Anxiety is something we have all experienced at some time in our lives. Like anger, anxiety is a natural human emotional response and some anxiety is extremely useful e.g. feeling anxious before a driving test or interview can make us more alert and enhance our performance. It can also keep us safe from harm. But when anxiety is overwhelming, debilitating and interferes with our daily life then it can be really distressing for the anxious sufferer, causing a whole host of problems. This is when anxiety needs to be managed.
Anxiety is important for our own survival. It can act as a mechanism to protect our body against stress or danger. Anxiety and fear trigger the release of hormones, such as adrenalin, which make the heart beat faster in order to carry blood where it’s most needed. Our breathing becomes faster to provide the extra oxygen required for energy. We sweat to prevent overheating. The mouth may feel dry; as our digestive system slows down to allow more blood to be deflected to your muscles. Our senses become heightened and the brain becomes more alert. These changes enable the body to take action and protect itself in a dangerous situation, either by running away or fighting a foe. This is known as the ‘fight or flight’ reaction and is as natural to the animal kingdom as it is to human beings. Once the danger has passed, other hormones are released, which may cause the body to shiver as the muscles start to relax. Hopefully this explains why anxiety is a useful emotional response, surely no one can argue with that?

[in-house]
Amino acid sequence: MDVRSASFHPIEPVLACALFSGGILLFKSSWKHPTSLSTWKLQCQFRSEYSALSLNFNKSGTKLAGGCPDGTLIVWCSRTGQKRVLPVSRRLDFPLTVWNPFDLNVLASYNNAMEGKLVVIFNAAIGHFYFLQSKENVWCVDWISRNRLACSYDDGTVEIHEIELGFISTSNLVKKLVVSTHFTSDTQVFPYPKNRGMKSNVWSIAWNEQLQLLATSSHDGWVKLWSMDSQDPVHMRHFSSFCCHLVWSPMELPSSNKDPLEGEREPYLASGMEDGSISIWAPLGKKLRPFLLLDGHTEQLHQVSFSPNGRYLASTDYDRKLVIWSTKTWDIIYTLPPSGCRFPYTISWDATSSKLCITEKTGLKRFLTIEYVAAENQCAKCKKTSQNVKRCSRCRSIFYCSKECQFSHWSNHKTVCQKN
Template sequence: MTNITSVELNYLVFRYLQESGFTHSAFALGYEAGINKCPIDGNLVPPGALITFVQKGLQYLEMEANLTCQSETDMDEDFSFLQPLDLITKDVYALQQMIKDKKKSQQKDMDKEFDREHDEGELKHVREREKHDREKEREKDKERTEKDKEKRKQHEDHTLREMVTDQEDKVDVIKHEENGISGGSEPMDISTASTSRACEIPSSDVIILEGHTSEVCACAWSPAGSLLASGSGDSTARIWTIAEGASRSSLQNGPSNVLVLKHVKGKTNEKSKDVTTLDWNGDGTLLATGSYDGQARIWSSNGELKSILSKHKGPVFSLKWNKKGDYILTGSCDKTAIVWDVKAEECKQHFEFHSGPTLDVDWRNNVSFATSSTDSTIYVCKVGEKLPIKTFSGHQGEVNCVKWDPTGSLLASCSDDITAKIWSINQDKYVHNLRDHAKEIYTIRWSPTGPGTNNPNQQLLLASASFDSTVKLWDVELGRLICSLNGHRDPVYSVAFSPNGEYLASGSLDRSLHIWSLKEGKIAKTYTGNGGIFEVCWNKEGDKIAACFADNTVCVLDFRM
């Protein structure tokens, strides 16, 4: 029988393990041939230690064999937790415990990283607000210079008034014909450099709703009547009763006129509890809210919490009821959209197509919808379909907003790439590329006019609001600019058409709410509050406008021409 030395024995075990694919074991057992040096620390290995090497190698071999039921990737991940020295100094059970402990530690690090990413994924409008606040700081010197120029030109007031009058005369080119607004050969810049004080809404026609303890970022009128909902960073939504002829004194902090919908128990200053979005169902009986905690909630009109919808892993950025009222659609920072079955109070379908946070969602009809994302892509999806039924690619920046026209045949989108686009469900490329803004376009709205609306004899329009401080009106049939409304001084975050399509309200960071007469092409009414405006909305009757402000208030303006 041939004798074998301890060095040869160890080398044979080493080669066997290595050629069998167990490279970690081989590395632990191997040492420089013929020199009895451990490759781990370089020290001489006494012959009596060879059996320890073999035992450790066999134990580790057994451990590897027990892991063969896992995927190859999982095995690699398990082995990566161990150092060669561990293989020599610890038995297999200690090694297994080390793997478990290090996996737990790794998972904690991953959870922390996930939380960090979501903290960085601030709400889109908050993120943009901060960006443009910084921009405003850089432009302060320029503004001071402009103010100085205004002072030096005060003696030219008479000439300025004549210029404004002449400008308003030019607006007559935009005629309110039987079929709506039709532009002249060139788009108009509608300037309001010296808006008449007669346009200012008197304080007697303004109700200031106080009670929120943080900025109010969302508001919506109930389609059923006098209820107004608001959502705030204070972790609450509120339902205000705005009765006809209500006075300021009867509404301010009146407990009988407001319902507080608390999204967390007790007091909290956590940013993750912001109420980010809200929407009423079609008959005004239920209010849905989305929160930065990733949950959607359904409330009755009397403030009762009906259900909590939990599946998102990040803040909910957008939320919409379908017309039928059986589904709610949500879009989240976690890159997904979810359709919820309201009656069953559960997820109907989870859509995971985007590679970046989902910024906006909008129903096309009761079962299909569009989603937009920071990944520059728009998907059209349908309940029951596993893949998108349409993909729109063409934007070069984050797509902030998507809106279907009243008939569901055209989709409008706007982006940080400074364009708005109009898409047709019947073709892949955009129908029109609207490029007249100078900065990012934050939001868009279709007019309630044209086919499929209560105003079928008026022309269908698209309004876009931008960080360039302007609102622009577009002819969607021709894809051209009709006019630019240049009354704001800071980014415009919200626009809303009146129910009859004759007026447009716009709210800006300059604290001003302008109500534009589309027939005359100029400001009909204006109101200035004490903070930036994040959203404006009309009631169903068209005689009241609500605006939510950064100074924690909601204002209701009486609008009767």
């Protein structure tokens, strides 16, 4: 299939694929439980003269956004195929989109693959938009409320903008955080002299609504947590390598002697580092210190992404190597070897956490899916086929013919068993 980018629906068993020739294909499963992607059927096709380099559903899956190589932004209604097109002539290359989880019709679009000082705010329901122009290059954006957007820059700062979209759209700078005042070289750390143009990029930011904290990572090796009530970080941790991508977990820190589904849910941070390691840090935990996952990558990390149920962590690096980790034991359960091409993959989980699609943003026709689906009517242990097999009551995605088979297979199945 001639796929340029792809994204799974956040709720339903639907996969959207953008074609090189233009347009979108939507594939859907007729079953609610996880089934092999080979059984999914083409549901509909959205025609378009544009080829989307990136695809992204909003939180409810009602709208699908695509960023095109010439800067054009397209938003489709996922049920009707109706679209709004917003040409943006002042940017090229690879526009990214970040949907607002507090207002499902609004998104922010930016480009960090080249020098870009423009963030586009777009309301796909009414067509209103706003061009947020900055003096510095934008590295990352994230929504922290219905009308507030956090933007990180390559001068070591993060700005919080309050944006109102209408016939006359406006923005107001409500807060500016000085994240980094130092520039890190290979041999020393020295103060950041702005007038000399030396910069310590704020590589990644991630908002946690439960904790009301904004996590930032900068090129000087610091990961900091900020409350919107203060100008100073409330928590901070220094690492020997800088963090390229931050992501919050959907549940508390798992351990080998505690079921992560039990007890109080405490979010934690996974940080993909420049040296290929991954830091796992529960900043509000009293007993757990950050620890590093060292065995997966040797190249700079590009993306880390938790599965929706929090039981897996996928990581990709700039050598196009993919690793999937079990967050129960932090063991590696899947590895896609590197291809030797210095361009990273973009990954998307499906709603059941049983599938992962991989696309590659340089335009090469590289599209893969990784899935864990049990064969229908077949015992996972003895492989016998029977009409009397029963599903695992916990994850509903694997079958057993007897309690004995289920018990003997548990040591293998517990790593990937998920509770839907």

But it’s when the body reacts in the same way when there is no obvious imminent danger… or is there?
As survivors of sexual abuse, we have suffered a major ‘distressing event’… the abuse! Often, especially if the abuse happened to us when we were children, we were unable to really deal with the emotions at that time and as our lives go on we can become anxious about encountering the same situation again, in case it stirs up the same feelings we’ve tried so hard to suppress. To everyone else around us, there may be no obvious threat of danger, but if we have perceived that there is, then our anxiety rockets.
It is the ‘perceived’ danger that is the root cause of many people’s anxiety and logically speaking, if we can work through the perception then the anxiety can be reduced.
Smells, sounds, images, words, songs, accents, the look of someone, personal space, environments, buildings, physical contact, intimacy, sex, touch, doctors, authority, power, darkness… there are a hundreds of triggers survivors have that cognitively engage the perception of a threat. But there are also many ways in which we can take back the power and take control of our anxiety.